Video | Agriculture | Confidence | Economy | Energy | Employment | Finance | Media | Property | RBNZ | Science | SOEs | Tax | Technology | Telecoms | Tourism | Transport | Search

 


Inghams sale process continuing, no agreement with buyer

Inghams says sale process continuing, yet to reach agreement with buyer

By Jonathan Underhill

Jan. 9 (BusinessDesk) – Inghams Enterprises has yet to find a buyer for Australasia’s biggest chicken producer, which owner Bob Ingham put up for sale last July with a price tag reportedly of A$1.4 billion.

“We’ve not agreed to sell the business or got an agreed buyer,” Paddy Watts, Inghams financial controller, told BusinessDesk. “We were hoping to have it done by now but it has not got to that stage yet.”

“There’s people interested in it,” he said. “The business will be sold” though it isn’t going to happen this week. The process had slowed over the Christmas holiday period, he said.

International Financing Review reported on Dec. 21 that private-equity firm Blackstone Group had dropped out of the bidding, leaving possibly one group still showing interest. Reuters reported in November that Chinese agribusiness company New Hope Group was the other firm to proceed to the final round of bidding for the business.

Others to show interest before withdrawing had included Hong Kong-based Affinity Equity Partners, Bain Capital and KKR while Thailand's CP Foods placed a preliminary bid before withdrawing, Reuters reported.

New Hope has been adding to primary production assets Down Under, and was part of a group with Agria and Ngai Tahu Holdings that teamed up to take a controlling stake in PGG Wrightson, New Zealand’s biggest rural services company.

Bob Ingham, who turned 81 last year, hired Investec Bank to manage the sale, which had been expected to take only a few months. He inherited the chicken business from his father in 1953, building an empire that gave him the resources to indulge a passion for horse breeding and training.

Affinity owns Tegel Foods, the biggest chicken producer in New Zealand, and there had been speculation it would have been forced to sell that business, acquired from PEP in 2010 for A$470 million, to satisfy antitrust regulators. Inghams is the number two producer in New Zealand as well as the nation’s biggest producer of stock feeds.

The New Zealand unit of Inghams posted its annual results this week. Profit in the year ended June 30 about doubled to $22.96 million from $11.2 million. Sales rose about 5 percent to $336 million. The results showed the company more than halved its administration costs to about $9 million, though gave no details.

Watts said the company wouldn’t comment on the results though the New Zealand business was “ticking along fine.”

The earnings allowed Inghams Enterprises (NZ) to pay a dividend of $12 million, versus zero a year earlier. It plans to use $50 million of an unsecured loan from its Australian parent to fund a capital return via a share purchase and cancellation, the company said. It gained approval from the Inland revenue Department for the transaction in August.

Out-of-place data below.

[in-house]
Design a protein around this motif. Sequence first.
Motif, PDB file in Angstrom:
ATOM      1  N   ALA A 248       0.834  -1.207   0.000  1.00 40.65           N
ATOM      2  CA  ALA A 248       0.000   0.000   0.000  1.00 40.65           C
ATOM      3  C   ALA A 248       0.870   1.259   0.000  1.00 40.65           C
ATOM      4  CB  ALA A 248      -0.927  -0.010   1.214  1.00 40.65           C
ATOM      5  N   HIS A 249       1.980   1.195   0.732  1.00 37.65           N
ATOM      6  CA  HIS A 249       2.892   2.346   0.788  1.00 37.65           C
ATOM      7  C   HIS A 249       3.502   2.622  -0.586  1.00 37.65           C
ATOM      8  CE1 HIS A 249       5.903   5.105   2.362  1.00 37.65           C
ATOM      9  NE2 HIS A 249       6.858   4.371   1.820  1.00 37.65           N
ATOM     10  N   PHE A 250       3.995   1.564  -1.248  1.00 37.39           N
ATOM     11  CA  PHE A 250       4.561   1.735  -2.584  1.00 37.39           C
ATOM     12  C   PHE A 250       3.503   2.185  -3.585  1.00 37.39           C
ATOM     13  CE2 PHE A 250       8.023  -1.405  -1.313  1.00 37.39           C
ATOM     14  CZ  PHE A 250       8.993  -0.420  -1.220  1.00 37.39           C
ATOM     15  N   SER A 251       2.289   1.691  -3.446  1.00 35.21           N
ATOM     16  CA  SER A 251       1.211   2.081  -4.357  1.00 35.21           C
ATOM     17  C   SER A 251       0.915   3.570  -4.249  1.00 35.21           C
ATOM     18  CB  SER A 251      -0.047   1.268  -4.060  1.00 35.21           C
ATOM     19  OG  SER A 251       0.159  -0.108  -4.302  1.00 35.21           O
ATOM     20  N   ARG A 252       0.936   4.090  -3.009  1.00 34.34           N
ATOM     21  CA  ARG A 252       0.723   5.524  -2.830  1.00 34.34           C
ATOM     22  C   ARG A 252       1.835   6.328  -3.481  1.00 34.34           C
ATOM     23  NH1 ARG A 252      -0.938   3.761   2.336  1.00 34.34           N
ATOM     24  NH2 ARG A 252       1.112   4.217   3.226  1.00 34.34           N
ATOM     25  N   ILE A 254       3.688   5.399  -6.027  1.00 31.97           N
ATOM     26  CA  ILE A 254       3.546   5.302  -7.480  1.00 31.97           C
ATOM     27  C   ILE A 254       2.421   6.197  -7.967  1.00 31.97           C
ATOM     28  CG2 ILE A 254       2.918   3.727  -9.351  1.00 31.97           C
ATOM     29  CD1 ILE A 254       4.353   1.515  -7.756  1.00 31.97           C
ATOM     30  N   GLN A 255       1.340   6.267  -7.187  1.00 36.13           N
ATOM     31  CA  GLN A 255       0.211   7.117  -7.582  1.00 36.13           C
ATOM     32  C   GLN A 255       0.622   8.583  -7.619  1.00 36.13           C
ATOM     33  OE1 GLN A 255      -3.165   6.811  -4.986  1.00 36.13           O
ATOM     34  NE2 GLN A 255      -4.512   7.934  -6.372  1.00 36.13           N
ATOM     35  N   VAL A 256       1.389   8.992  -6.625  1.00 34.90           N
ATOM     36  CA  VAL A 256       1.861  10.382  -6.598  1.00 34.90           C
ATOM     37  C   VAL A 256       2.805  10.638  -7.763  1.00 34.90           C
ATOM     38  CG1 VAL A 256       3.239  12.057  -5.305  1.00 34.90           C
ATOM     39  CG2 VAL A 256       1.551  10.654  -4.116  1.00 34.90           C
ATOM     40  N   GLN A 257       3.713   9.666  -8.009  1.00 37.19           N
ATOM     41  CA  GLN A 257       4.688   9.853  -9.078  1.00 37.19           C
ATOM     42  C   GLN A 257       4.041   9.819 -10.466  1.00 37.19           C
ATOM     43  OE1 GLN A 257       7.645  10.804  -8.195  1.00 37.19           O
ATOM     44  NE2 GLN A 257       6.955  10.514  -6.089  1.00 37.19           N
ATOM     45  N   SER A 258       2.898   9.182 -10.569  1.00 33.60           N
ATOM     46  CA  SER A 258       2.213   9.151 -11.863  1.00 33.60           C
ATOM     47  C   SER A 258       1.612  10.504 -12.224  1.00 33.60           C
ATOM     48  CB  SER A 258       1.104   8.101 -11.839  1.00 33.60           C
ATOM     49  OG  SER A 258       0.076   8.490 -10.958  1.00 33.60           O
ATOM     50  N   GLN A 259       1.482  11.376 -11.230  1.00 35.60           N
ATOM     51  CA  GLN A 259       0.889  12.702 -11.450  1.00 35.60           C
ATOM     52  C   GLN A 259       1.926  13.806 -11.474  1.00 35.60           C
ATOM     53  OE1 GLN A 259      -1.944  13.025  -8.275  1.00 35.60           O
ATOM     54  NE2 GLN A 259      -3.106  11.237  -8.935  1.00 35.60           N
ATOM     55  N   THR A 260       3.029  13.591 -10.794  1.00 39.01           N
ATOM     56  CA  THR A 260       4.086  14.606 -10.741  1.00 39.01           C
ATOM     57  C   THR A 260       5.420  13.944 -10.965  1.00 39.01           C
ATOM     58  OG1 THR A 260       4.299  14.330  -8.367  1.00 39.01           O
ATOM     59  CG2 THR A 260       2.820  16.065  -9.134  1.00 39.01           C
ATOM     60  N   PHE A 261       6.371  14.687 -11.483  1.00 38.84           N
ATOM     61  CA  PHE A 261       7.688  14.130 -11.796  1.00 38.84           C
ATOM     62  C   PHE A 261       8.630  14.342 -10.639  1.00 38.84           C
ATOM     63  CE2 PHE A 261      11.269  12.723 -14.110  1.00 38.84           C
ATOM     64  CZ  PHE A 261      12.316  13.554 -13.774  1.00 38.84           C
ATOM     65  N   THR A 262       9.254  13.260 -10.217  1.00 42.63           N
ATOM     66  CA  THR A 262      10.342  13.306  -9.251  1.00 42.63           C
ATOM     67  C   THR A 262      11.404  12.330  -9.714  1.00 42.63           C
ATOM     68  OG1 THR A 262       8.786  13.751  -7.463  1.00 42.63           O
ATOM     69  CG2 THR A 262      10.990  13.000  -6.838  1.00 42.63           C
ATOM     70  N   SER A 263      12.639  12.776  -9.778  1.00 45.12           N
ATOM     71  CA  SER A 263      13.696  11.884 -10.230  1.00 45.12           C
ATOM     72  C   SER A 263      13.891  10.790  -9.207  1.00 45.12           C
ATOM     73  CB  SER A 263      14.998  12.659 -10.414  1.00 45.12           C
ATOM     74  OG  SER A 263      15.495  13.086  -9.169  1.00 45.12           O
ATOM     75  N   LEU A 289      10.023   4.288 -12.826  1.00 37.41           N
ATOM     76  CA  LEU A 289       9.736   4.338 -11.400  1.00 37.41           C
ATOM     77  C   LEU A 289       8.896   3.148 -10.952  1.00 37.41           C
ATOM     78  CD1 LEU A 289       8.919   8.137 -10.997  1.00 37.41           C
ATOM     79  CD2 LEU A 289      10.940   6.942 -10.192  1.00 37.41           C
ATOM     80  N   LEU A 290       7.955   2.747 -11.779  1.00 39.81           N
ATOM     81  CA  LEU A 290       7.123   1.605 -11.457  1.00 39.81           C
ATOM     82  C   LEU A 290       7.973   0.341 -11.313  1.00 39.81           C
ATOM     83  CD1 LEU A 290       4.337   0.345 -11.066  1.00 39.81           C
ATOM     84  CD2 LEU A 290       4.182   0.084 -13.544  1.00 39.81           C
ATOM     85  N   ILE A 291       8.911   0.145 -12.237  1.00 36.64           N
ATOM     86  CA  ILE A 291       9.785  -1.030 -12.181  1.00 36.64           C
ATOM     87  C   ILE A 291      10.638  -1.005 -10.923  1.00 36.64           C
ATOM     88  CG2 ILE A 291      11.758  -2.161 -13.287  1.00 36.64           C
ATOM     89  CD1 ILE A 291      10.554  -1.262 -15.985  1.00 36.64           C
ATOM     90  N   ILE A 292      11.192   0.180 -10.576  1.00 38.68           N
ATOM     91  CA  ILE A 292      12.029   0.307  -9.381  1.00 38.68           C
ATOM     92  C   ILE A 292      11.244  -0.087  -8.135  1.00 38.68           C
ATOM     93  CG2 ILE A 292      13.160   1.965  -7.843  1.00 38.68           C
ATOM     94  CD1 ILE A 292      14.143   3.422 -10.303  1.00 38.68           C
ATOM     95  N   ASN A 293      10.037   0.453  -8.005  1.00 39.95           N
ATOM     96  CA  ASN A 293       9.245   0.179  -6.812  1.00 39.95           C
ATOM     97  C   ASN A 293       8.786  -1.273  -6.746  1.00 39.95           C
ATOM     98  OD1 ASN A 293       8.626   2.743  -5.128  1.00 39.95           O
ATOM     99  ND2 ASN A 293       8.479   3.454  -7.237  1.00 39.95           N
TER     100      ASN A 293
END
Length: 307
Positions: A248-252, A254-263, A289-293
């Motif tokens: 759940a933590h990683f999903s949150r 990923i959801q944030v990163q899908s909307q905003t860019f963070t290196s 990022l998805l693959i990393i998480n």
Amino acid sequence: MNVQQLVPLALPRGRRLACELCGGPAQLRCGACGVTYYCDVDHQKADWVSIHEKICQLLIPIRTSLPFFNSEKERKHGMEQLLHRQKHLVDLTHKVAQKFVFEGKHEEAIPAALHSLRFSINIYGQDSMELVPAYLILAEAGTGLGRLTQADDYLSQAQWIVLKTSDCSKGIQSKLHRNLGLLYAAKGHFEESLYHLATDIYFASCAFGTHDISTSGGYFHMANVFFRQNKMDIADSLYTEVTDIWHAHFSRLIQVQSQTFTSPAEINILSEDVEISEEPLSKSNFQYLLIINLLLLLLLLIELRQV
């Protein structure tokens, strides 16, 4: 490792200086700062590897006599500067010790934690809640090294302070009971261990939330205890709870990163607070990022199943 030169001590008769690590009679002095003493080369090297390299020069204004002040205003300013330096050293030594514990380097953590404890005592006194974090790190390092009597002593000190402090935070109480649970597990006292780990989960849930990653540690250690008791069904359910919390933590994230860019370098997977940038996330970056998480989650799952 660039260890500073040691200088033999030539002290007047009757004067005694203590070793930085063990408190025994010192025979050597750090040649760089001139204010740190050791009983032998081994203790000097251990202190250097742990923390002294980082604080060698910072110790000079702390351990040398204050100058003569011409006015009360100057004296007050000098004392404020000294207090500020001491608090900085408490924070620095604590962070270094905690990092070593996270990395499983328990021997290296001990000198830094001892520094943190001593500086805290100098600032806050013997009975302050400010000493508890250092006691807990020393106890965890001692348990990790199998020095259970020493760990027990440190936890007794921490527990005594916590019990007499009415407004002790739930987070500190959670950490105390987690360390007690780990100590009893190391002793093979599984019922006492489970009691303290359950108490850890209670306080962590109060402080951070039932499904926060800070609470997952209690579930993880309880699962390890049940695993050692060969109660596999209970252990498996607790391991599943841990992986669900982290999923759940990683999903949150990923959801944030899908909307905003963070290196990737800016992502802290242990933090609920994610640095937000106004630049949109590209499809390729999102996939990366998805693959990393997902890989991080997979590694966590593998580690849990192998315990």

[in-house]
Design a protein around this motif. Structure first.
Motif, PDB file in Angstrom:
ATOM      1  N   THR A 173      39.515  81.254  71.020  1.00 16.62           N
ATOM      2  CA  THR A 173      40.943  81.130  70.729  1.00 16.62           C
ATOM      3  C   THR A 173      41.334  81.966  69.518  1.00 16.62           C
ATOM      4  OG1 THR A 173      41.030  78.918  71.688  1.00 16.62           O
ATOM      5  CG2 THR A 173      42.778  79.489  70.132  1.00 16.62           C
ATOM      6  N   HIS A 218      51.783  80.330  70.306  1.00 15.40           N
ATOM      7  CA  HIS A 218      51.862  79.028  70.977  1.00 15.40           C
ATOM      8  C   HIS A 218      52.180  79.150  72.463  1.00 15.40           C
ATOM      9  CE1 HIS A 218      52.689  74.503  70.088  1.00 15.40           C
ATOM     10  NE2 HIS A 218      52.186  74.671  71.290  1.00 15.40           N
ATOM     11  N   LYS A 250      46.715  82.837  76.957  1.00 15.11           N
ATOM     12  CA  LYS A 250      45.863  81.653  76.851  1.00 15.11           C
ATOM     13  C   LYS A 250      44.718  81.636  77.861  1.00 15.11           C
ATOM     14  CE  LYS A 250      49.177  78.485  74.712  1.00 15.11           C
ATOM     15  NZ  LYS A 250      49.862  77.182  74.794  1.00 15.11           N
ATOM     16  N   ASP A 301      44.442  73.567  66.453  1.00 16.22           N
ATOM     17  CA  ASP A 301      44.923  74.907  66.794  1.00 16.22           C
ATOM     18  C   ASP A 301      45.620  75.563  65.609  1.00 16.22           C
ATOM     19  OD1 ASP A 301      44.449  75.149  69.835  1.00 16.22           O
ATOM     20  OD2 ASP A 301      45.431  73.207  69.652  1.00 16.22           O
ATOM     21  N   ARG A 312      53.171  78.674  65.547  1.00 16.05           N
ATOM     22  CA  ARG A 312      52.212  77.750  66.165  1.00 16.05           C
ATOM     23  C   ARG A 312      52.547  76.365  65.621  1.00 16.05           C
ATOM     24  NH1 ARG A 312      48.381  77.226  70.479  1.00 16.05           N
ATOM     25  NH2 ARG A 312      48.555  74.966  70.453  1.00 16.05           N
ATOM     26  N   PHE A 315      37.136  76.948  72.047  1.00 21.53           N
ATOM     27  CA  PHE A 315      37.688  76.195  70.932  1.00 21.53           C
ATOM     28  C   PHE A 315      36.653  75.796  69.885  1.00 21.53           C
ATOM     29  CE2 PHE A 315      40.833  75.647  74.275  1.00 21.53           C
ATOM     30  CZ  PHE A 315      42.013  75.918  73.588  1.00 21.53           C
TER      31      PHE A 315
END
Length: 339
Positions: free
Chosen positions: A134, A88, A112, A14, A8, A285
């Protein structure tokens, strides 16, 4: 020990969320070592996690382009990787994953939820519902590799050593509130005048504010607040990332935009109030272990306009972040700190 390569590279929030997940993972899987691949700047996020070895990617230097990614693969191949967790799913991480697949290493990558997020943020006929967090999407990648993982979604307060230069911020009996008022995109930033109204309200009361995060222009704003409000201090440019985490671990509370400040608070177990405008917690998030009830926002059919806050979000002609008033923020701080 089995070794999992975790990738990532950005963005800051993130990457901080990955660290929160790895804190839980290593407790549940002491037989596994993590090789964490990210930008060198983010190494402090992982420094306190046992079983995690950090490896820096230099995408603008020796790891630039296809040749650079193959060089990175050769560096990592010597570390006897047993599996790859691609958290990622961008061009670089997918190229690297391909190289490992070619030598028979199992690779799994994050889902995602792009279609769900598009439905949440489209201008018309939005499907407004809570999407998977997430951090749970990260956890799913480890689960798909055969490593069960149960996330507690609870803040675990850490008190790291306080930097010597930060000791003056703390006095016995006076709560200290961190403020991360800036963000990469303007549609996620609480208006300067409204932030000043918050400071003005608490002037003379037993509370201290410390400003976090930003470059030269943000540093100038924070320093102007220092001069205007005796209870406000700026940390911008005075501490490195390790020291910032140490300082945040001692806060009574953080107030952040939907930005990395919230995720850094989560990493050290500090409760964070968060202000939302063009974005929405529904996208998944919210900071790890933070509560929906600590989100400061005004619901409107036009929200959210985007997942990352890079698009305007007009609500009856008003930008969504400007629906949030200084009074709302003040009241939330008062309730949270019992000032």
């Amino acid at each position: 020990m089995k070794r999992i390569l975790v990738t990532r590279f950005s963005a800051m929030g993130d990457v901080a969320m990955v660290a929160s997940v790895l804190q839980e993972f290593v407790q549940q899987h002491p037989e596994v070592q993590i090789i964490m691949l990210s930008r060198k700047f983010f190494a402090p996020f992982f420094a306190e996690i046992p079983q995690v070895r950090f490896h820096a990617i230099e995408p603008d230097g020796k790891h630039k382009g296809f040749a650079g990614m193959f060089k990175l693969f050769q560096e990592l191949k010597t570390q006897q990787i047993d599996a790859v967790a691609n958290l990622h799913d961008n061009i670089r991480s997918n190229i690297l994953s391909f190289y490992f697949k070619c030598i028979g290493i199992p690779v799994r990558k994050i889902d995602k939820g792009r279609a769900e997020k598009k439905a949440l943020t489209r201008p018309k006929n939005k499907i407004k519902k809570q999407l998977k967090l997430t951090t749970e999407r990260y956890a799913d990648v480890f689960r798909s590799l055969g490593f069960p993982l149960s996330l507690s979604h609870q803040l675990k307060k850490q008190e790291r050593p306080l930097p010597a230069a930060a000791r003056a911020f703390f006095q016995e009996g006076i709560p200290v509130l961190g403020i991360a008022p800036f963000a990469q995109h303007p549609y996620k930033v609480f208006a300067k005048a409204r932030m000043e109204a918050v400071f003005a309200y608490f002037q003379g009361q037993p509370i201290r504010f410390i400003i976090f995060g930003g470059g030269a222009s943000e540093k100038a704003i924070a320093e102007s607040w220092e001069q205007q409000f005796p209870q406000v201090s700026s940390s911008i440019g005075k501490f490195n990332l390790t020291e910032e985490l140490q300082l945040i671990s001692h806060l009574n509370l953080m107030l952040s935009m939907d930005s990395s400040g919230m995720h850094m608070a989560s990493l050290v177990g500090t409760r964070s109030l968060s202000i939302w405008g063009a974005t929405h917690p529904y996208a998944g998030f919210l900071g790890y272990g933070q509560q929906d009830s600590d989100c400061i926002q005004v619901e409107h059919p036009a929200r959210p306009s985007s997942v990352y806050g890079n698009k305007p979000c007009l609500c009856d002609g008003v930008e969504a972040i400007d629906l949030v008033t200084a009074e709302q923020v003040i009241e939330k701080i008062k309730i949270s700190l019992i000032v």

Inghams employs more than 8,000 people at more than 100 locations across Australia and New Zealand.

(BusinessDesk)

© Scoop Media

 
 
 
 
 
Business Headlines | Sci-Tech Headlines

 

RMTU: Mediation Between Lyttelton Port And Union Fails

The Rail and Maritime Union (RMTU) has opted to continue its overtime ban indefinitely after mediation with the Lyttelton Port of Christchurch (LPC) failed to progress collective bargaining. More>>

Earlier:

Science Policy: Callaghan, NSC Funding Knocked In Submissions

Callaghan Innovation, which was last year allocated a budget of $566 million over four years to dish out research and development grants, and the National Science Challenges attracted criticism in submissions on the government’s draft national statement of science investment, with science funding largely seen as too fragmented. More>>

ALSO:

Scoop Business: Spark, Voda And Telstra To Lay New Trans-Tasman Cable

Spark New Zealand and Vodafone, New Zealand’s two dominant telecommunications providers, in partnership with Australian provider Telstra, will spend US$70 million building a trans-Tasman submarine cable to bolster broadband traffic between the neighbouring countries and the rest of the world. More>>

ALSO:

More:

Statistics: Current Account Deficit Widens

New Zealand's annual current account deficit was $6.1 billion (2.6 percent of GDP) for the year ended September 2014. This compares with a deficit of $5.8 billion (2.5 percent of GDP) for the year ended June 2014. More>>

ALSO:

Still In The Red: NZ Govt Shunts Out Surplus To 2016

The New Zealand government has pushed out its targeted return to surplus for a year as falling dairy prices and a low inflation environment has kept a lid on its rising tax take, but is still dangling a possible tax cut in 2017, the next election year and promising to try and achieve the surplus pledge on which it campaigned for election in September. More>>

ALSO:

Job Insecurity: Time For Jobs That Count In The Meat Industry

“Meat Workers face it all”, says Graham Cooke, Meat Workers Union National Secretary. “Seasonal work, dangerous jobs, casual and zero hours contracts, and increasing pressure on workers to join non-union individual agreements. More>>

ALSO:

Get More From Scoop

 
 
Standards New Zealand

Standards New Zealand
 
 
 
 
 
 
 
 
Business
Search Scoop  
 
 
Powered by Vodafone
NZ independent news